Wednesday, October 2, 2019

Book Review: Mother Knows Best

By Jami Deise

As a teenage soap fan, my favorite story lines always involved unknown children suddenly appearing, questionable paternity, baby switches, and other complications of the standard “husband plus wife equals baby” equation. In domestic thrillers, parenthood is a key factor as mysteries about a child in danger have become a standard trope in this genre. And as baby-making has moved out of the bedroom and into the laboratory over the past few decades, all kinds of storyline complications are possible. Fiction writer and bioethicist Kira Peikoff combines these elements in her latest medical thriller, Mother Knows Best. When a baby is illegally created using the DNA of three parents, what happens when the child begins to question her identity?

Ten-year-old Abby feels smothered and trapped by her mother’s panic attacks and secrecy. She has no idea that eleven years ago, Claire—desperate to avoid creating another child with her dead son’s fatal genetic illness—broke legal and ethical medical rules to create her, with the help of fertility doctor Robert Nash and Nash’s assistant and lover, Jillian. Even Claire’s husband didn’t know the truth about Abby’s conception. Now Abby has no idea that her innocent queries may have tipped off the one person who’ll do anything to get to her.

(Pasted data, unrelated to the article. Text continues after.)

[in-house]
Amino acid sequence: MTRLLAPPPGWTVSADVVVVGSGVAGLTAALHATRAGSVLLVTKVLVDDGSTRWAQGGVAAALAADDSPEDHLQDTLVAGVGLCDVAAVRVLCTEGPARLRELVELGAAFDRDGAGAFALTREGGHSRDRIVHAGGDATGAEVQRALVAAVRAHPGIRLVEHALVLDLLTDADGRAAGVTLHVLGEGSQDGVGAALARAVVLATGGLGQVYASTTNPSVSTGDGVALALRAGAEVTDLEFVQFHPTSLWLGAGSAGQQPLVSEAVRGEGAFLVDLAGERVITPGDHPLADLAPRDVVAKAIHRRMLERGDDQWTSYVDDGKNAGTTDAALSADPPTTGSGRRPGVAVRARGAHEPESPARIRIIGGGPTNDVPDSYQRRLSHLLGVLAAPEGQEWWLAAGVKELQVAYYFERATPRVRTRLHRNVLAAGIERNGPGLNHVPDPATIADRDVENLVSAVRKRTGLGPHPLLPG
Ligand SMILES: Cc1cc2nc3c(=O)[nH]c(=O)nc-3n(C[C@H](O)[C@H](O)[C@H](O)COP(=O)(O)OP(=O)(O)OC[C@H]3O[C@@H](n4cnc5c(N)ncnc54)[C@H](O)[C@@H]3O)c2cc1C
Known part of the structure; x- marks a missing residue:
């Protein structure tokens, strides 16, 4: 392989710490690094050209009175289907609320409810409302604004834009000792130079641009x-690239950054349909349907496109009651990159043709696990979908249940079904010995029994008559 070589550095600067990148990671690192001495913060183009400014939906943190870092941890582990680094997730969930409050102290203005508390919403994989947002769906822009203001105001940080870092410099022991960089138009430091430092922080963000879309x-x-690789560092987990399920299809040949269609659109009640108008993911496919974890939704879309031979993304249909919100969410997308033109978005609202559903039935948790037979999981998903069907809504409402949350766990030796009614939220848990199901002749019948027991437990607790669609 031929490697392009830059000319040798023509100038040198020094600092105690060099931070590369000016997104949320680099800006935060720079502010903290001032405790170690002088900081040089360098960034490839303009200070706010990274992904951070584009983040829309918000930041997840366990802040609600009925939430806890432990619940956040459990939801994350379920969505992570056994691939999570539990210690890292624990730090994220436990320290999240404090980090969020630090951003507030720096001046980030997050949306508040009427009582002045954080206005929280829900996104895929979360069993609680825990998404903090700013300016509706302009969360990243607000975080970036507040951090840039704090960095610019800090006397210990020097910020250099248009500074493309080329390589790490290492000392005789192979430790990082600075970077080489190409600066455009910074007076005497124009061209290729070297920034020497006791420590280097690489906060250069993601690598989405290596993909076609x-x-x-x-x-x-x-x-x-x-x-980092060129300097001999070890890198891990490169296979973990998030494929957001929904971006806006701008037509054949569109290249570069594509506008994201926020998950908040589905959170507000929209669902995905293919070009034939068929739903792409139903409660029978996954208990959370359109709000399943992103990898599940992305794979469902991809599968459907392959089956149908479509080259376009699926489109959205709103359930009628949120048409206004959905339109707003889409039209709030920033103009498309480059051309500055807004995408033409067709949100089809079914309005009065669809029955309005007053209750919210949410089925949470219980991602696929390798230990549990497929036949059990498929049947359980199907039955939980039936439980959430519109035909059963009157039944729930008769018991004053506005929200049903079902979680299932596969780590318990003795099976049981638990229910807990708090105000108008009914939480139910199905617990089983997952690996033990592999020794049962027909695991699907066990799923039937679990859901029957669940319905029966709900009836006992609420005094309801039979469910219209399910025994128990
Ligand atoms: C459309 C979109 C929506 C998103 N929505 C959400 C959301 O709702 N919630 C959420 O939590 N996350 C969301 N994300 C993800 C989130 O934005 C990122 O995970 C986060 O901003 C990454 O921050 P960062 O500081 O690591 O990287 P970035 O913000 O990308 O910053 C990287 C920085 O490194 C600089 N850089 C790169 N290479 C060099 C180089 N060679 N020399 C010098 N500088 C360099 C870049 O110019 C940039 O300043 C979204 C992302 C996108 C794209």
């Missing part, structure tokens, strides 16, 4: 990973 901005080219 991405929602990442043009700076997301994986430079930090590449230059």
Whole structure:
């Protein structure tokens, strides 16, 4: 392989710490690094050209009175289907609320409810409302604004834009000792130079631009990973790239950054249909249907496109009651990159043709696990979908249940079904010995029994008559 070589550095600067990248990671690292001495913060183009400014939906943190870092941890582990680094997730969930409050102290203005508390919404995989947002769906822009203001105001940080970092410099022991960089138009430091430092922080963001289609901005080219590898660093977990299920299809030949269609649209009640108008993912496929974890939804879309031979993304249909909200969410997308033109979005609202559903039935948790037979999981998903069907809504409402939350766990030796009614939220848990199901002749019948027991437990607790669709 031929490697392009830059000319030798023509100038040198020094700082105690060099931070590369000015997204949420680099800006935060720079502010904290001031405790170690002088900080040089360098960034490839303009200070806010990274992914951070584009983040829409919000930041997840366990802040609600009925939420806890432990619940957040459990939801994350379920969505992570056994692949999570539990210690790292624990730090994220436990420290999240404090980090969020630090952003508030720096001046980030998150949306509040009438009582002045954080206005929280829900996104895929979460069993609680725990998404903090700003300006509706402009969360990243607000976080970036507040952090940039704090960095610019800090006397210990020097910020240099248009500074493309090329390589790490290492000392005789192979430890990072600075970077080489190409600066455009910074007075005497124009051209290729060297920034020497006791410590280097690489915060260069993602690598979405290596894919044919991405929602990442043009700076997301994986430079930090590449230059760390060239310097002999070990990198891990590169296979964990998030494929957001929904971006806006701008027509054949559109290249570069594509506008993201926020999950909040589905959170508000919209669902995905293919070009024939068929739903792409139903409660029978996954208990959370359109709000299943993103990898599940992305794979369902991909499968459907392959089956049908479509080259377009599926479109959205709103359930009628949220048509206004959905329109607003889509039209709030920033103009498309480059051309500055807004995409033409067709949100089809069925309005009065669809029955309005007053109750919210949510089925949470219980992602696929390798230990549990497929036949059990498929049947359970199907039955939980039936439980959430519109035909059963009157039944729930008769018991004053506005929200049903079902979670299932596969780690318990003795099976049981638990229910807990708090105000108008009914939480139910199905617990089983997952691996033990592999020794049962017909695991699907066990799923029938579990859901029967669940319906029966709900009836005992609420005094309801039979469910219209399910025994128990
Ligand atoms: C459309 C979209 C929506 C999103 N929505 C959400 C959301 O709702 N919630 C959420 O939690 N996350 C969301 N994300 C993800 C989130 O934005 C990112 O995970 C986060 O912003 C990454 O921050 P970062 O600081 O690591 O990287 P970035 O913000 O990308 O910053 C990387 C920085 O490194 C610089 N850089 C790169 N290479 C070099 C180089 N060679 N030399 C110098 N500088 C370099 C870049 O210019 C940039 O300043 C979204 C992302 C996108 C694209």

The story is told from multiple viewpoints and during different timelines, but Peikoff’s straightforward prose makes it easy to follow the twists of the plot. The story is based on very real scientific and ethical questions in fertility and genetic disease, and readers with some knowledge about mitochondrial DNA will recognize its plausibility very early on. For those who are not familiar, Peikoff’s voice is so accessible that even those who got Cs in high school biology won’t have any issue understanding the science.

Although the structure of the book makes the plotting somewhat predictable, Peikoff throws a curve ball at the end that I did not see coming (along with one that I did). The novel is a very quick read, and although the villain is a bit one-dimensional, that does not take away from the enjoyment of the story.

Mother Knows Best is Peikoff’s fourth medical/ethical thriller, and I was surprised I hadn’t heard of her before its publication. Her plotting, scientific and medical knowledge, and careful detail remind me of Robin Cook (while her characterization surpasses his). I look forward to making my way through her back list in anticipation of more books to come. With health care costs surmounting, scientific breakthroughs commonplace, and conservative lawmakers in charge of many states, Peikoff has plenty of material to work with.

Thanks to Meryl Moss Media for the book in exchange for an honest review.

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